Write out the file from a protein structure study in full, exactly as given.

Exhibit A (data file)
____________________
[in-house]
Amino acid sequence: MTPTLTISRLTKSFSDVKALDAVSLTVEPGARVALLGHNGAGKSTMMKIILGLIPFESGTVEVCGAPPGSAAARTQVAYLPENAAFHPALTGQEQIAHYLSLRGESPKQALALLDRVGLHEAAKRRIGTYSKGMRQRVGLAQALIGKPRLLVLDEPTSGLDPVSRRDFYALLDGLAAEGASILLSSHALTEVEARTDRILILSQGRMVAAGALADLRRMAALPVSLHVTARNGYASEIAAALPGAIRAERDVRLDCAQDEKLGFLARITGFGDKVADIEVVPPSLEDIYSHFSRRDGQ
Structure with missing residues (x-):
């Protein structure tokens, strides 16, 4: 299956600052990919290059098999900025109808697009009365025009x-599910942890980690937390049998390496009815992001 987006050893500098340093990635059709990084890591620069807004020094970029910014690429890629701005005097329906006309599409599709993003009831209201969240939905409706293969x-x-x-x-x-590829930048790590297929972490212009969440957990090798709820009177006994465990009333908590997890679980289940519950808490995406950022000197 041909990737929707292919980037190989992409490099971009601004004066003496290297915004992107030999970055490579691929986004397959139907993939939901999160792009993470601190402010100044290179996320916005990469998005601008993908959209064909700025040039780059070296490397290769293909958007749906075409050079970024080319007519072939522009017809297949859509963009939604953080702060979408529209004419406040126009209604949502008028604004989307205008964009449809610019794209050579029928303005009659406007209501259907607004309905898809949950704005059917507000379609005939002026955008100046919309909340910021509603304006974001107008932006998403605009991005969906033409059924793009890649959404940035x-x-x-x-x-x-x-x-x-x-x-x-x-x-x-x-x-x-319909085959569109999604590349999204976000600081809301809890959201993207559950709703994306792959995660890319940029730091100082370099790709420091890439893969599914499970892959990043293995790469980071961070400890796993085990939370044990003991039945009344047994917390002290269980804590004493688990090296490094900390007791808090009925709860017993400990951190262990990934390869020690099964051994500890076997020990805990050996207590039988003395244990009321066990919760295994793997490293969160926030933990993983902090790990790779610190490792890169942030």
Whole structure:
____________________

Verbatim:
[in-house]
Amino acid sequence: MTPTLTISRLTKSFSDVKALDAVSLTVEPGARVALLGHNGAGKSTMMKIILGLIPFESGTVEVCGAPPGSAAARTQVAYLPENAAFHPALTGQEQIAHYLSLRGESPKQALALLDRVGLHEAAKRRIGTYSKGMRQRVGLAQALIGKPRLLVLDEPTSGLDPVSRRDFYALLDGLAAEGASILLSSHALTEVEARTDRILILSQGRMVAAGALADLRRMAALPVSLHVTARNGYASEIAAALPGAIRAERDVRLDCAQDEKLGFLARITGFGDKVADIEVVPPSLEDIYSHFSRRDGQ
Structure with missing residues (x-):
């Protein structure tokens, strides 16, 4: 299956600052990919290059098999900025109808697009009365025009x-599910942890980690937390049998390496009815992001 987006050893500098340093990635059709990084890591620069807004020094970029910014690429890629701005005097329906006309599409599709993003009831209201969240939905409706293969x-x-x-x-x-590829930048790590297929972490212009969440957990090798709820009177006994465990009333908590997890679980289940519950808490995406950022000197 041909990737929707292919980037190989992409490099971009601004004066003496290297915004992107030999970055490579691929986004397959139907993939939901999160792009993470601190402010100044290179996320916005990469998005601008993908959209064909700025040039780059070296490397290769293909958007749906075409050079970024080319007519072939522009017809297949859509963009939604953080702060979408529209004419406040126009209604949502008028604004989307205008964009449809610019794209050579029928303005009659406007209501259907607004309905898809949950704005059917507000379609005939002026955008100046919309909340910021509603304006974001107008932006998403605009991005969906033409059924793009890649959404940035x-x-x-x-x-x-x-x-x-x-x-x-x-x-x-x-x-x-319909085959569109999604590349999204976000600081809301809890959201993207559950709703994306792959995660890319940029730091100082370099790709420091890439893969599914499970892959990043293995790469980071961070400890796993085990939370044990003991039945009344047994917390002290269980804590004493688990090296490094900390007791808090009925709860017993400990951190262990990934390869020690099964051994500890076997020990805990050996207590039988003395244990009321066990919760295994793997490293969160926030933990993983902090790990790779610190490792890169942030």
Whole structure: